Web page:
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Historical Perspectives on Contemporary Physics

EPJ D Highlight - Simulations fix the cracks in magnetic mirrors

Confining simulated plasma

Computer simulations reveal that magnetic mirrors can be tweaked to confine plasma more effectively, by fine-tuning both the arrangements of their electromagnets, and the initial properties of the plasma itself

When ring-shaped electromagnets are set up in linear arrangements, they can produce magnetic fields resembling a tube with a cone at each end; a structure which repels charged particles entering one cone back along their path of approach. Referred to as ‘magnetic mirrors’, these devices have been known to be a relatively easy way to confine plasma since the 1950s, but they have also proven to be inherently leaky. In a study published in EPJ D, physicists led by Wen-Shan Duan at Northwest Normal University, and Lei Yang at the Chinese Academy of Sciences, both in Lanzhou, China, show that these plasma leaks can be minimised if specific conditions are met. Using computer simulations, the physicists analysed the dynamic properties of a high-energy proton plasma beam within a magnetic mirror and fine-tuned the simulation settings to maximise its confinement.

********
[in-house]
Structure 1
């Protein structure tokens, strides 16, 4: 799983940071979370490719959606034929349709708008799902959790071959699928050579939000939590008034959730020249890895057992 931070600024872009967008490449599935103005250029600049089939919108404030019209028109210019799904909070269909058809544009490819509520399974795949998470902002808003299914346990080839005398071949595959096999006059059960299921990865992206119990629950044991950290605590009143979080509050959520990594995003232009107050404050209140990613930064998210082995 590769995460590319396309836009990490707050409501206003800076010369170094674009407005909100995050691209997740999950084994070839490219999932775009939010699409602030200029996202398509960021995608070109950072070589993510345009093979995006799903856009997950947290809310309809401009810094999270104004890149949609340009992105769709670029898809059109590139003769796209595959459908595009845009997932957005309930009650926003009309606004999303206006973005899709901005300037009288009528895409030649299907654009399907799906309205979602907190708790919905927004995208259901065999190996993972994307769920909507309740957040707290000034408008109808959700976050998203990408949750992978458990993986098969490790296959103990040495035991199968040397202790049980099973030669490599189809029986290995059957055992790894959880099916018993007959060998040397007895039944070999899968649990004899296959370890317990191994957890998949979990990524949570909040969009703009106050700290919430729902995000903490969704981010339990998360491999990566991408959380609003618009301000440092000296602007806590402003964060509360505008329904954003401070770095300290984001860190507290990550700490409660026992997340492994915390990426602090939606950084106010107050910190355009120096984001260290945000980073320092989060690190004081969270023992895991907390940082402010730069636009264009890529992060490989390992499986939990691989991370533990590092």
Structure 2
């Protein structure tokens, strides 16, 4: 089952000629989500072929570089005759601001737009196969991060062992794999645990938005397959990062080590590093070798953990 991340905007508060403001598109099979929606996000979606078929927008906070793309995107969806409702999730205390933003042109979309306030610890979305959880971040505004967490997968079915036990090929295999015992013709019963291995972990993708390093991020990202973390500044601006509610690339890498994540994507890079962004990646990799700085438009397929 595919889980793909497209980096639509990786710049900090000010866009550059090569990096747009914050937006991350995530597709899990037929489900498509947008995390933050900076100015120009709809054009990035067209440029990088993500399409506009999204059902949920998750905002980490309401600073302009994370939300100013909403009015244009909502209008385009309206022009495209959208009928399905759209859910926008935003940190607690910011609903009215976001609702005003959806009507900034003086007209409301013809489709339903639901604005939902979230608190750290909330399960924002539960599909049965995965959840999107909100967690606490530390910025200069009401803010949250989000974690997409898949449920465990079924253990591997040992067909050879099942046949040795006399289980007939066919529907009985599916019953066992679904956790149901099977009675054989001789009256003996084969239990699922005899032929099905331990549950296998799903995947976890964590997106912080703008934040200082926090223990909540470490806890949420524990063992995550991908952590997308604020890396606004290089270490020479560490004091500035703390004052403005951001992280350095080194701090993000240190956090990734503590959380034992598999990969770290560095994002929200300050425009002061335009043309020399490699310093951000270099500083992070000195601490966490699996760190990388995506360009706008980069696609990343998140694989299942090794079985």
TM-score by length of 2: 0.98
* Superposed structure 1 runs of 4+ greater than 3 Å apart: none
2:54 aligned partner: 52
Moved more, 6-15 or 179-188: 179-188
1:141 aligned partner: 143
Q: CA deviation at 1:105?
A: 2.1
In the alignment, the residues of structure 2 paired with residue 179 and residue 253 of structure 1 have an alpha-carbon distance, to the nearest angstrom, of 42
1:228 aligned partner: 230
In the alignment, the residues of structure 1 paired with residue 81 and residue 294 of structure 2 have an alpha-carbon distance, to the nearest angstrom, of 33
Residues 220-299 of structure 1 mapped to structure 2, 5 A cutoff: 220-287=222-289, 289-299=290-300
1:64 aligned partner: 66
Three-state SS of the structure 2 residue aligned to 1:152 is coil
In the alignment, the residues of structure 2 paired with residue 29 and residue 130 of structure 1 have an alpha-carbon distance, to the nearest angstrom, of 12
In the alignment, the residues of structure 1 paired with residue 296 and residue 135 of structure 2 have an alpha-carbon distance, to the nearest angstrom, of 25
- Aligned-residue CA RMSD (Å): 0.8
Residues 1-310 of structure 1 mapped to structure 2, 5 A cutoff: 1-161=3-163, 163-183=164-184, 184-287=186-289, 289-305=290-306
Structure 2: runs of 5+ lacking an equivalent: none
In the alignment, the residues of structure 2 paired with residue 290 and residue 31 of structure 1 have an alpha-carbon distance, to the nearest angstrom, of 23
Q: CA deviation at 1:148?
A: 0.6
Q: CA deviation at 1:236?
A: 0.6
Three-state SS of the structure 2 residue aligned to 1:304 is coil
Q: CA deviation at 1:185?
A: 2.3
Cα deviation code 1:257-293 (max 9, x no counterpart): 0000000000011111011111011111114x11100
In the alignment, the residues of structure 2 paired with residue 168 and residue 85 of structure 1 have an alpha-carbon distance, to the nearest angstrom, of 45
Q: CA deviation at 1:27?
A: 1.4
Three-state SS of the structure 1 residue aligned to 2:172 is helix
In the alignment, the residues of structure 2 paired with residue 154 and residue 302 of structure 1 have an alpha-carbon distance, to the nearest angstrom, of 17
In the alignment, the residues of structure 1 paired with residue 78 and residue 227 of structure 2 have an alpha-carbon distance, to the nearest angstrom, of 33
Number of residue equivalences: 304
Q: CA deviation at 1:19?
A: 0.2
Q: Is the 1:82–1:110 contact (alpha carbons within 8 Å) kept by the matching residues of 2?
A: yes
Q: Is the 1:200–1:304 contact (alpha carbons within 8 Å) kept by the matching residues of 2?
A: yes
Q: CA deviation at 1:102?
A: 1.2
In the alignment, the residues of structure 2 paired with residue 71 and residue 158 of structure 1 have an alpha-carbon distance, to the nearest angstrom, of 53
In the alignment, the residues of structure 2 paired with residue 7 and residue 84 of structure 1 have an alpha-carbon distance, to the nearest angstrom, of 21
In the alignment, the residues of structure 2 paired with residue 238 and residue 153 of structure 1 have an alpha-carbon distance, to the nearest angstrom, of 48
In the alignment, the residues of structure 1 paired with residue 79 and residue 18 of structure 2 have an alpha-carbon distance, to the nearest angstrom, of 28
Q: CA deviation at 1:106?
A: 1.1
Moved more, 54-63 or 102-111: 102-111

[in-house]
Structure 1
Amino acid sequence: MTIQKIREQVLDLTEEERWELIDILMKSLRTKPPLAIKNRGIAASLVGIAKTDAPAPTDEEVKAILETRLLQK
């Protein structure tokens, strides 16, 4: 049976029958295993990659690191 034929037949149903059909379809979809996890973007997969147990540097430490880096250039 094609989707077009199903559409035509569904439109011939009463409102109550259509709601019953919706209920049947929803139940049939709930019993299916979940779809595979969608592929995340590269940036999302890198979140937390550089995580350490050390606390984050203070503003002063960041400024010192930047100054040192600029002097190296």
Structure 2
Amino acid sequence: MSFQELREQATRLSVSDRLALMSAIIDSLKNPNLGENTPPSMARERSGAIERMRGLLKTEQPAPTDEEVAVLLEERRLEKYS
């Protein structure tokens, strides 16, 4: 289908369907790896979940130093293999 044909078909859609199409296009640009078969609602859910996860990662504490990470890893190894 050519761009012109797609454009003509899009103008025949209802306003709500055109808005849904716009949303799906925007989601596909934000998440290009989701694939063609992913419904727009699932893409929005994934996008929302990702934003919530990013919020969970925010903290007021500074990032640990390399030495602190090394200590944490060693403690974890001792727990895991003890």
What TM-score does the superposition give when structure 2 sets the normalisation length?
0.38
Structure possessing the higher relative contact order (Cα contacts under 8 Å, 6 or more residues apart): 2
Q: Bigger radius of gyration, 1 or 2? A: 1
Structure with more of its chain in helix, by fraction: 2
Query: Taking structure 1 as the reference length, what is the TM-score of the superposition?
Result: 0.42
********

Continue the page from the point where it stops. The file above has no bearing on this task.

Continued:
Firstly, Duan, Yang, and their colleagues varied the ‘mirror ratio’ – defined as the strongest magnetic field in the mirror (at the tip of each cone), divided by the weakest field (on the surface of the tube). They found that higher mirror ratios, which can be achieved using finely-tuned electromagnet configurations, directly corresponded to longer confinement times and lower loss rates. Secondly, the team found that the initial conditions of the plasma beam itself had an important effect, including its density, temperature, velocity, and trajectory. When each of these properties were optimised, the simulated high-energy beam moved in a tight spiral pattern within the mirror, ensuring maximum confinement.

The insights gathered by Duan and Yang’s team could solve a decades-old problem of low plasma confinement times and high loss rates in magnetic mirrors. This could make them ideal for intriguing new particle physics experiments, including the production and confinement of antihydrogen atoms and electron-positron plasmas, as well as the deceleration of high-energy antiprotons.

A. Blum and M. Leone
ISSN (Print Edition): 2102-6459
ISSN (Electronic Edition): 2102-6467

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